We would like your input. The Informatics Committee is exploring the idea of offering an ongoing, online, credit-bearing, case-based education product. Our goal is to help pathologists learn about important informatics topics within the context of realistic scenarios that reflect situations they can encounter in their day-to-day practice.
About the Cases
There are three cases and an accompanying quick survey to collect feedback on the value this content and learning method provides.
- Each case may take between 15 to 30 minutes to complete.
- The cases are presented in parts and include questions to support your learning in between each part of the scenario. We also provide a case summary, key points, multiple choice questions with answers, and a list of references.
- The pilot cases are free and do not offer CME credit.
- The survey is short and should only take about 5 minutes of your time. We appreciate you sharing your thoughts on any part of your experience while working through these cases.
- The survey will be open between November 18, 2019 to January 3, 2020.
Summary of Each Case
Case #1: The Simple Definitions, Dos, and Don’ts of Installing Middleware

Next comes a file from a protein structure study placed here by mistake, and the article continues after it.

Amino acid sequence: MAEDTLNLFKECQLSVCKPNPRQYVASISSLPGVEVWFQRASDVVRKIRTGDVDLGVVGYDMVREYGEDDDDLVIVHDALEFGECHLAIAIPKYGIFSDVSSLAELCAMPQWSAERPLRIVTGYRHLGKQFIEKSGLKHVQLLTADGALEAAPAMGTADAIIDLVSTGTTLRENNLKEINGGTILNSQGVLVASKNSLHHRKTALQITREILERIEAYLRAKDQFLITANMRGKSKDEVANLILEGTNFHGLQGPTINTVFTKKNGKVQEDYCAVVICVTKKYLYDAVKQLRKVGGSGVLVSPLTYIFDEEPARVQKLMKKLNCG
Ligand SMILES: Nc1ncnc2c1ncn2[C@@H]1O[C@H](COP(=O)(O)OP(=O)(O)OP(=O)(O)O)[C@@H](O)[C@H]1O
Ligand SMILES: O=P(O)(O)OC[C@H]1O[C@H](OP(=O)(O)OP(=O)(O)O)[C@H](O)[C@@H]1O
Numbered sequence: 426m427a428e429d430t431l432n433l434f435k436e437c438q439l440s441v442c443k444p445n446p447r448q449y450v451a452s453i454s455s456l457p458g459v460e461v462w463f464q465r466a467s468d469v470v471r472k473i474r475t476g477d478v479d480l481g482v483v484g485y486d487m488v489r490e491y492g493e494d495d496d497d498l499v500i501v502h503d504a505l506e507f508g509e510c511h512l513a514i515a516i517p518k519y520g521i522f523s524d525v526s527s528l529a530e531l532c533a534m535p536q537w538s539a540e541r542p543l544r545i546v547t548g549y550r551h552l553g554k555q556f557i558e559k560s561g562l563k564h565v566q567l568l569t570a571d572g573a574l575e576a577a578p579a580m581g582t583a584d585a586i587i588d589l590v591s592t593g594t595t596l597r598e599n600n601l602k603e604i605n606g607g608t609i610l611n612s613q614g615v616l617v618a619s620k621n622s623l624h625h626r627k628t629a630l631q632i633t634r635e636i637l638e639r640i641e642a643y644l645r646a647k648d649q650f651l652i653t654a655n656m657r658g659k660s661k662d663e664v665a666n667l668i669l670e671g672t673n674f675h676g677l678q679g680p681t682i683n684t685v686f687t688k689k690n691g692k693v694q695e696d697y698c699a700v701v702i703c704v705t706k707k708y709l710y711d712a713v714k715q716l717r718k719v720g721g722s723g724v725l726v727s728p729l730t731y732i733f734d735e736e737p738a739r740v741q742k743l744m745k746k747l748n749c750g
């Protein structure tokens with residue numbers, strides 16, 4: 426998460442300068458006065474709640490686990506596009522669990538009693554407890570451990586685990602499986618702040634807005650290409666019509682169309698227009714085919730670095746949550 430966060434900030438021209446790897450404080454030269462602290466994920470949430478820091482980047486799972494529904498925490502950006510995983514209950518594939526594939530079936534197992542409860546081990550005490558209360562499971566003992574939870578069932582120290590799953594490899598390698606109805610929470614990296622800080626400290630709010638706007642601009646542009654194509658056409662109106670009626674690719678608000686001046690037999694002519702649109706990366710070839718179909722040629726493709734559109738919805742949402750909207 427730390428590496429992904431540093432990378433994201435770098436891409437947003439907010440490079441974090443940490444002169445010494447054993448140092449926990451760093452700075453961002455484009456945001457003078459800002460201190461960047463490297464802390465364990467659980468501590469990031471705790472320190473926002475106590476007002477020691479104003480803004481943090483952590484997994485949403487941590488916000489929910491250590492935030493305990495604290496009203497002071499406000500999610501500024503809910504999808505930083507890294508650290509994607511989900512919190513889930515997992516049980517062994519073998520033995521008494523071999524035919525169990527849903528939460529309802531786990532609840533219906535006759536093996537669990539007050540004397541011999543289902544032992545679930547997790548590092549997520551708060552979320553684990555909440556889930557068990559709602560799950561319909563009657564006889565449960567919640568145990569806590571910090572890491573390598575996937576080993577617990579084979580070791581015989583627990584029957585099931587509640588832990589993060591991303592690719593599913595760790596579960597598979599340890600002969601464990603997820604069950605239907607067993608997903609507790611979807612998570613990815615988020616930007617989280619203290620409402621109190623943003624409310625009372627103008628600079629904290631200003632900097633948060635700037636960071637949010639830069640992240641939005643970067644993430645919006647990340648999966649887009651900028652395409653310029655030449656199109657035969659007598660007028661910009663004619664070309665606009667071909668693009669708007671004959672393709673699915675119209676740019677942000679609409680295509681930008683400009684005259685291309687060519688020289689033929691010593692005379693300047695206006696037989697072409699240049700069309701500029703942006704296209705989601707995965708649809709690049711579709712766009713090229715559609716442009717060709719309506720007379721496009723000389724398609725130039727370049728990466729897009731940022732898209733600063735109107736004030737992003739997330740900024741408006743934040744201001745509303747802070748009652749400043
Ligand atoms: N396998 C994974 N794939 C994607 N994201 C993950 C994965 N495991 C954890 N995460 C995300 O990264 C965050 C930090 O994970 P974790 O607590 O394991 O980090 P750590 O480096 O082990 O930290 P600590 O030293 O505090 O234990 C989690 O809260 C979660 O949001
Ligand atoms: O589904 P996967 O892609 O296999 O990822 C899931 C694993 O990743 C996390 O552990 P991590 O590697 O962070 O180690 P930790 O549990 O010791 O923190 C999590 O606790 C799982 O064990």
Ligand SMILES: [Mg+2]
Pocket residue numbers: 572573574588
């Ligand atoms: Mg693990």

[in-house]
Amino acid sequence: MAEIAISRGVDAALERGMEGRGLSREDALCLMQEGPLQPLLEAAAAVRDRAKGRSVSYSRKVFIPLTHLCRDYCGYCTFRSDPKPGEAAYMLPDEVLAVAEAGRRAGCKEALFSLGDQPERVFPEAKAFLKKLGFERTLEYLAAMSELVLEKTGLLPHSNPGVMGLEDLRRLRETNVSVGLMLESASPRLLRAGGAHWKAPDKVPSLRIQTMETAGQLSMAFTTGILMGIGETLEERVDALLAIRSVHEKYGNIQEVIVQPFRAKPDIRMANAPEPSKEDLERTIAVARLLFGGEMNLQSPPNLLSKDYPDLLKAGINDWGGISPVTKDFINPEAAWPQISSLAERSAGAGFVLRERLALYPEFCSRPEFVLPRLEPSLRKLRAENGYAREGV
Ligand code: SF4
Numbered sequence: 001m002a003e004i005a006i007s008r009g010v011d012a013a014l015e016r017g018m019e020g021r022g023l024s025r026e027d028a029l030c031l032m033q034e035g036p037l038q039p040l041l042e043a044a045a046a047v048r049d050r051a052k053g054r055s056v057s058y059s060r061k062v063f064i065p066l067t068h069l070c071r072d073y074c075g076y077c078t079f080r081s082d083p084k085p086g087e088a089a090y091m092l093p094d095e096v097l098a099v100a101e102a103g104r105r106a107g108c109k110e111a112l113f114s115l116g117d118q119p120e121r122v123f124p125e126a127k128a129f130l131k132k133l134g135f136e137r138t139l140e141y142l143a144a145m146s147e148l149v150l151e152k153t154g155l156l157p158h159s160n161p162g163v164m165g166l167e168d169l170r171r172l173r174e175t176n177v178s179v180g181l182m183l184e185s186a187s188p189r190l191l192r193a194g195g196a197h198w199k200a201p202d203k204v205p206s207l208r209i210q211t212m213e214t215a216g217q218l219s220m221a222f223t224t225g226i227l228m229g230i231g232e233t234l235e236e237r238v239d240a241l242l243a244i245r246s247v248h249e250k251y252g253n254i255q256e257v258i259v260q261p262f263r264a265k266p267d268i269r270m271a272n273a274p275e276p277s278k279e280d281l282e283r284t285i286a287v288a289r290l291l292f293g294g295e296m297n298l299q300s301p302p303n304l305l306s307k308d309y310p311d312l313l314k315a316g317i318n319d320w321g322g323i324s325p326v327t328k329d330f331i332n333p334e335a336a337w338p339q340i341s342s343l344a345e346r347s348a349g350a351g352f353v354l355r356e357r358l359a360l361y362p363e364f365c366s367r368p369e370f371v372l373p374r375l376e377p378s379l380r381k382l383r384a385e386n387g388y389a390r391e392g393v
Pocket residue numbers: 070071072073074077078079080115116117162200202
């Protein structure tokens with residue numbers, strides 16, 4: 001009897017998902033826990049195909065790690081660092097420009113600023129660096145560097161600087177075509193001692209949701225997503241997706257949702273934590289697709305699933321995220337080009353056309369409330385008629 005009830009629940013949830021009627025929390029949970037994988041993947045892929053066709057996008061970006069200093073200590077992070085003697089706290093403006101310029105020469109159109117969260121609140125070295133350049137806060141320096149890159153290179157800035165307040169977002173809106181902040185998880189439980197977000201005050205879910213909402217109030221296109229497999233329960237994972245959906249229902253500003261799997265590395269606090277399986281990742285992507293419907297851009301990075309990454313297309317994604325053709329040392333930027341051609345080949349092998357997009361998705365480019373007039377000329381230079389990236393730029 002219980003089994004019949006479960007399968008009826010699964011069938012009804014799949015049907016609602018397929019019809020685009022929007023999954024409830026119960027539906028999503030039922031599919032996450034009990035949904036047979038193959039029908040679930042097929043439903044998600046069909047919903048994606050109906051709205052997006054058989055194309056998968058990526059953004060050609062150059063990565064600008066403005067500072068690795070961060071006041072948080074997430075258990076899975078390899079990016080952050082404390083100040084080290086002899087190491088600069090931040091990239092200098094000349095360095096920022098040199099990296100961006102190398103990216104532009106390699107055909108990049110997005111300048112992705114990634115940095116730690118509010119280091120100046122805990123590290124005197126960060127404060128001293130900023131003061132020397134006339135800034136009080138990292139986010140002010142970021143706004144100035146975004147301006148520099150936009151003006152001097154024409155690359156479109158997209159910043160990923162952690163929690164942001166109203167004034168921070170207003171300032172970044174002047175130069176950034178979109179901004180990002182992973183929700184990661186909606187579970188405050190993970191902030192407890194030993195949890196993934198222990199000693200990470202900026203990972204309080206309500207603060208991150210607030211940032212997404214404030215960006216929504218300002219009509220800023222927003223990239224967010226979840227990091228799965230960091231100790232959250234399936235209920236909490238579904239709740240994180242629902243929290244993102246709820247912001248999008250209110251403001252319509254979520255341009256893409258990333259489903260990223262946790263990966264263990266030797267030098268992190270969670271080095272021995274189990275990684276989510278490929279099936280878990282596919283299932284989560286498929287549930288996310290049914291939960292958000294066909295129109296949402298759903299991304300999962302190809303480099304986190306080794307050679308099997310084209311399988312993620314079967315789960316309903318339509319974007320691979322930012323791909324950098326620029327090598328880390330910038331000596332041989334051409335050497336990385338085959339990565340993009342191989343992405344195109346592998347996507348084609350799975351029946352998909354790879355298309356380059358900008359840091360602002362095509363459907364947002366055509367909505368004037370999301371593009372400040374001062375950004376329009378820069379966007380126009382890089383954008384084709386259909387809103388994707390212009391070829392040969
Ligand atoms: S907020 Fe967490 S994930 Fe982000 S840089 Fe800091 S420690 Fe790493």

There are simple definitions, dos, and don’ts that all laboratory directors should know (some may surprise you!). For example, what is middleware? How can middleware help my laboratory? How do we avoid pitfalls to installing and maintaining middleware? These and other questions will be answered in a case-based format derived from real clinical laboratory situations.
Case #2: Don’t Forget Your Rules When Harmonizing Laboratory Testing Across Multiple Sites
Many healthcare systems are seeking to harmonize laboratory testing across multiple sites, improving patient care and reducing cost. How can I ensure patient samples are treated uniformly across locations while reducing unnecessary or inappropriate testing? How can LIS/middleware rules help to streamline testing? Review this case and get the answers to these plus other important questions.
Case #3: How to Validate AI Algorithms in Anatomic Pathology
Your laboratory has decided to implement an artificial intelligence / machine learning algorithm to assist with the diagnosis of cervical cytology specimens. You are asked to take the lead on this project and assure that it is implemented appropriately and in accordance with any pertinent regulatory guidelines. This case helps you through that process.